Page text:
Getting started with Core Data using Swift 4

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1. Overview

Core Data is an efficient framework for object graph management and persistence. It provides ready to use solutions which speed up implementation and solves well-known problems like tracking changes and migrations. It may become very handy if you need to store & process a lot of data.

People claim that learning curve is steep, but actually whole Model graph can be created using a simple visual editor and all CRUD operations are one/two-liners. I would say this reputation is caused mostly by lack of up-to-date tutorials. When I was learning this framework, it took me a while to find all basic information, because they are spread across many articles. That’s why I decided to gather here all you need to start.

It is also worth to mention main advantages of Core Data framework:

  • 3 ways to persist data: SQLite, binary and in memory (+xml on macOS).
  • Tracking changes in objects.
  • Very efficient and highly optimized.
  • Undo/redo mechanism.
  • NSFetchedResultsController (read more) which can be easily used to display data in UITableView and automatically:
    • track changes in objects,
    • group & display data in sections,
    • cache fetched results.
  • Support for background processing and conflict resolving (read more).
  • Support for lightweight (automatic) and heavyweight (manual) migrations.
  • Built-in editor for designing data model.

Unfortunately Core Data has no built-in encryption. If you want encrypted persistence, you need to create a custom store or implement custom transformation for selected attributes. There are also some 3rd party libraries. If you are looking for alternative solution read chapter “9. Core Data vs Realm”.

2. Create Data Model

To start working with Core Data we need to create a Data Model – a file containing definition of our entities. In order to do that, just press CMD+N and select Data Model template.

New Data Model

Now when we have our data model created, we can design entities using built-in editor.


To set up your first entity follow the steps below:

  1. Add a new entity and name it User.
  2. Add new attributes: firstName, lastName and username.
  3. Set type for each attribute.
  4. Optionally you can use graph editor.

Build your project and Xcode will automatically generate User class.

3. Create many-to-many relationship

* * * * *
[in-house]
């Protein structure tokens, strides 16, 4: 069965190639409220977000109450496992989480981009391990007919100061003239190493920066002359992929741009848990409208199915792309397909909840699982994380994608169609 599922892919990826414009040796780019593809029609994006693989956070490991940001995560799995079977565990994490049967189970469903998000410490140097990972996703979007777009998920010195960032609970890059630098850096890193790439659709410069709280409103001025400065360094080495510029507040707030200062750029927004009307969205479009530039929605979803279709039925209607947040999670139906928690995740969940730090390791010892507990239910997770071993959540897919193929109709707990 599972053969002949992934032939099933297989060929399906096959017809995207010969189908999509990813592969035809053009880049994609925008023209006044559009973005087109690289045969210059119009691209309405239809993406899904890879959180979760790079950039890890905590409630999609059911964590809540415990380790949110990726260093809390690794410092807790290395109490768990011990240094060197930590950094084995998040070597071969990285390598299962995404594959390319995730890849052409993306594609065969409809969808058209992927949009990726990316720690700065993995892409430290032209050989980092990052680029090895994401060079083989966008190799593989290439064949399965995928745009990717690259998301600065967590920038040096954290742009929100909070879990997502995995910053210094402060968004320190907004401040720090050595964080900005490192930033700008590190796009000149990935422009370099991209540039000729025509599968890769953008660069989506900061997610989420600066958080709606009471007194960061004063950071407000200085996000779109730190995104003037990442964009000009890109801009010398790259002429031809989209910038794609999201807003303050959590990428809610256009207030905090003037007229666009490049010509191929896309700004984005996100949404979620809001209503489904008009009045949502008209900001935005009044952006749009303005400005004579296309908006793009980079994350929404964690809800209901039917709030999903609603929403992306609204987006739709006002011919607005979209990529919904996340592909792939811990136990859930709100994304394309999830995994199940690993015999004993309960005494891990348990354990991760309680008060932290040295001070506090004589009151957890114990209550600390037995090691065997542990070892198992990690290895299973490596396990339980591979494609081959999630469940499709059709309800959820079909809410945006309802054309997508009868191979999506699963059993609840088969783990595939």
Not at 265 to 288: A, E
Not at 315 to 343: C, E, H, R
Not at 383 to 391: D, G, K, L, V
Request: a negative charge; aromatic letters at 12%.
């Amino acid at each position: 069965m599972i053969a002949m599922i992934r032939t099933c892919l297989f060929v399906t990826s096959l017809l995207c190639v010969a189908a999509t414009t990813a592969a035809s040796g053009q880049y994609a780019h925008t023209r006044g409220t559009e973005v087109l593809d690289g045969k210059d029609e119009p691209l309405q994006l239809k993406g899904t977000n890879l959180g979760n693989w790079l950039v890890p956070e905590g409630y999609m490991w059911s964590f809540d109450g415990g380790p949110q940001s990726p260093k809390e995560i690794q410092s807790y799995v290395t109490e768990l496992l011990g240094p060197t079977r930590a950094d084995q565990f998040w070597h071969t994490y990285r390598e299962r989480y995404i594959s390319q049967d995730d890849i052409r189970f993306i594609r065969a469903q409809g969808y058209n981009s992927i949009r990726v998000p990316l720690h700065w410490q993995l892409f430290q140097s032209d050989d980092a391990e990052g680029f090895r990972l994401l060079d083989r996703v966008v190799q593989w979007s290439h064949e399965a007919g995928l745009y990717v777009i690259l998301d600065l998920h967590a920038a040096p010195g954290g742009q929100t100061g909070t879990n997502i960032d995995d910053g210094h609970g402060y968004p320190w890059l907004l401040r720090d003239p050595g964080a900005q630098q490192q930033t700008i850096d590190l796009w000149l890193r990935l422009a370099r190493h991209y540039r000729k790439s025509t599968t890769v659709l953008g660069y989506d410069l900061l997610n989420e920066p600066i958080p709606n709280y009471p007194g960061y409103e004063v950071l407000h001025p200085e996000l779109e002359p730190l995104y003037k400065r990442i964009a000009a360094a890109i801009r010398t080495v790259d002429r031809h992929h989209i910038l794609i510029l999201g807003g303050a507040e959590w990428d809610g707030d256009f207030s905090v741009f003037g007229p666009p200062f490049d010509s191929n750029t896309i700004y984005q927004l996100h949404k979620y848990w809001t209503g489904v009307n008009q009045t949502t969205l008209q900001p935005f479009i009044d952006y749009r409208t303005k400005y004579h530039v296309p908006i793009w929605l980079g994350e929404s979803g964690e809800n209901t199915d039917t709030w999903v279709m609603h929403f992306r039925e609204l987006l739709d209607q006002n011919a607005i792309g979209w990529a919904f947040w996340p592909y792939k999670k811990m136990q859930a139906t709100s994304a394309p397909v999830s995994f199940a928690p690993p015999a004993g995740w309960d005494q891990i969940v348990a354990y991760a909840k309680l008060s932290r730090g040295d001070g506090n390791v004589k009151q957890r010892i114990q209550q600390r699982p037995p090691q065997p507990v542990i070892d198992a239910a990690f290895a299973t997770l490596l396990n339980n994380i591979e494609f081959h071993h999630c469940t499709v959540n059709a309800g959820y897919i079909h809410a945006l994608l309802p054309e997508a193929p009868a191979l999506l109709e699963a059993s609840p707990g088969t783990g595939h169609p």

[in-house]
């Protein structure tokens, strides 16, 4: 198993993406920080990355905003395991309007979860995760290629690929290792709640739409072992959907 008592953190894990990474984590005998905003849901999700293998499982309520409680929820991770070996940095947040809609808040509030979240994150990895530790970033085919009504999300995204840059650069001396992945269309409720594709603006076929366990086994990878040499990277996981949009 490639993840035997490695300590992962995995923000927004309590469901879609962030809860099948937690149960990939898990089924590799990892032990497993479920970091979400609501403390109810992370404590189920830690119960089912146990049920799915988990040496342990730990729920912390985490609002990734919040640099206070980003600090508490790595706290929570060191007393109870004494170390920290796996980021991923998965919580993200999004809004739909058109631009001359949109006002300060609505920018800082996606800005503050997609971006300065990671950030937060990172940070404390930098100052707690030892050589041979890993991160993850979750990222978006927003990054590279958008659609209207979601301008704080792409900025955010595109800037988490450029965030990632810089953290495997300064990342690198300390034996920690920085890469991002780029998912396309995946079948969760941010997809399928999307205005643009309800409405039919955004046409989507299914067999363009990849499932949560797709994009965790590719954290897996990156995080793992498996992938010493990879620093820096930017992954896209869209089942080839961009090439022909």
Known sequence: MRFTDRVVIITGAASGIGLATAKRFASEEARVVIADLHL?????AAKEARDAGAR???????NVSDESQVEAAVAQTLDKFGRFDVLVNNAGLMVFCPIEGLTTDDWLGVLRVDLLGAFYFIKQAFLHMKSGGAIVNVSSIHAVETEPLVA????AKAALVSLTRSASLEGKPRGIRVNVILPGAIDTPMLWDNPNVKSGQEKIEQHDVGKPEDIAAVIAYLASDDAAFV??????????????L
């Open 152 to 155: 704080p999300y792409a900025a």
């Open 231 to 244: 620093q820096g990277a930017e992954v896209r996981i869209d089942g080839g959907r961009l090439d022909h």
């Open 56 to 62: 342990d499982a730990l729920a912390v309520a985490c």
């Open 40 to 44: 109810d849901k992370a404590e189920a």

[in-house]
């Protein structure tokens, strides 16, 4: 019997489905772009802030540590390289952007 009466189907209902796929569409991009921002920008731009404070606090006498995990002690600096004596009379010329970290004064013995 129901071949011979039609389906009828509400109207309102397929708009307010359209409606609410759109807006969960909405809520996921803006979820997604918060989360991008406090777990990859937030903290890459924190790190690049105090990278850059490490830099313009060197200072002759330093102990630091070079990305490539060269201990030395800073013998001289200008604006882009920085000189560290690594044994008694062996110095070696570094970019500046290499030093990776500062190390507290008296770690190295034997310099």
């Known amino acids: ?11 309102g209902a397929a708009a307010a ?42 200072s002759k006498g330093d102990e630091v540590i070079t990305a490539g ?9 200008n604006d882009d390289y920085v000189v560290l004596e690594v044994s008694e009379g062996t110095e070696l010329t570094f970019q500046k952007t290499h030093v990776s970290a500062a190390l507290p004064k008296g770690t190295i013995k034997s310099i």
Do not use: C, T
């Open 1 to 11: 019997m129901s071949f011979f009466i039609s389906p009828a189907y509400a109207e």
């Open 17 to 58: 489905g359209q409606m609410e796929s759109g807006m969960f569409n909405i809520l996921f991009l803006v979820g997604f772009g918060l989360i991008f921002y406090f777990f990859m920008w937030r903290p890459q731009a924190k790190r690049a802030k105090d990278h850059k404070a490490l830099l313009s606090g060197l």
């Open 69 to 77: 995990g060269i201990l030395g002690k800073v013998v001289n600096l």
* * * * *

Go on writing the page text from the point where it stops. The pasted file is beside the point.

Many-to-many relationship

Let’s first create another entity – Book. To define many-to-many relationship between User and Book follow the steps below:

  1. Add a new relationship for User.
  2. Set destination entity to Book.
  3. Set relationship type to To Many.
  4. Create a similar relationship for Book.
    Once both relationships are created, you will be able to set inverse entity to ensure a proper change tracking.

4. Strongly typed relationships

By default Xcode will generate relationship using properties of type NSSet. Casting each time retrieved objects doesn’t seem to be the best solution. Fortunately, it can be fixed by creating a custom model. In order to do that:

  1. Select User entity and set manual code generation.
  2. Open Editor menu and select Create NSManagedObject Subclass....
  3. In generated extension change NSSet to Set<Book>.
  4. Clean & build project.

Create subclass

5. Core Data Stack

Before requesting any data we need to first initialize Core Data Stack which includes:

  • NSManagedObjectModel – object describing schema of designed Data Model.
  • NSManagedObjectContext – monitors changes in entities and store. Interface for CRUD operations.
  • NSPersistentStoreCoordinator – saves and loads data from store. Associates persistent stores with a model.
  • NSPersistentContainer – initializes and sets up context, model and coordinator.


  1. Create an instance of NSPersistentContainer for designed Data Model.
  2. Invoke initalization by calling loadPersistentStores method.
  3. Check if operation is finished with success.

In memory persistence

If you prefer to use in memory store instead of default SQLite, you can do that by simply adding these lines at the beginning of initializeStack() method.

6. Create, Read, Update, Delete (CRUD)

Once the Core Data Stack is initialized we can start working with data. Each operation can be performed using NSManagedObjectContext which you can access from NSPersistentStoreContainer. First I will add context property to DataController to make the code less redundant.

After each set of operations you should invoke to persist your changes. For now I put save in each method, but you don’t have to do this immediately. Especially if you want to have a larger transaction or implement undo feature.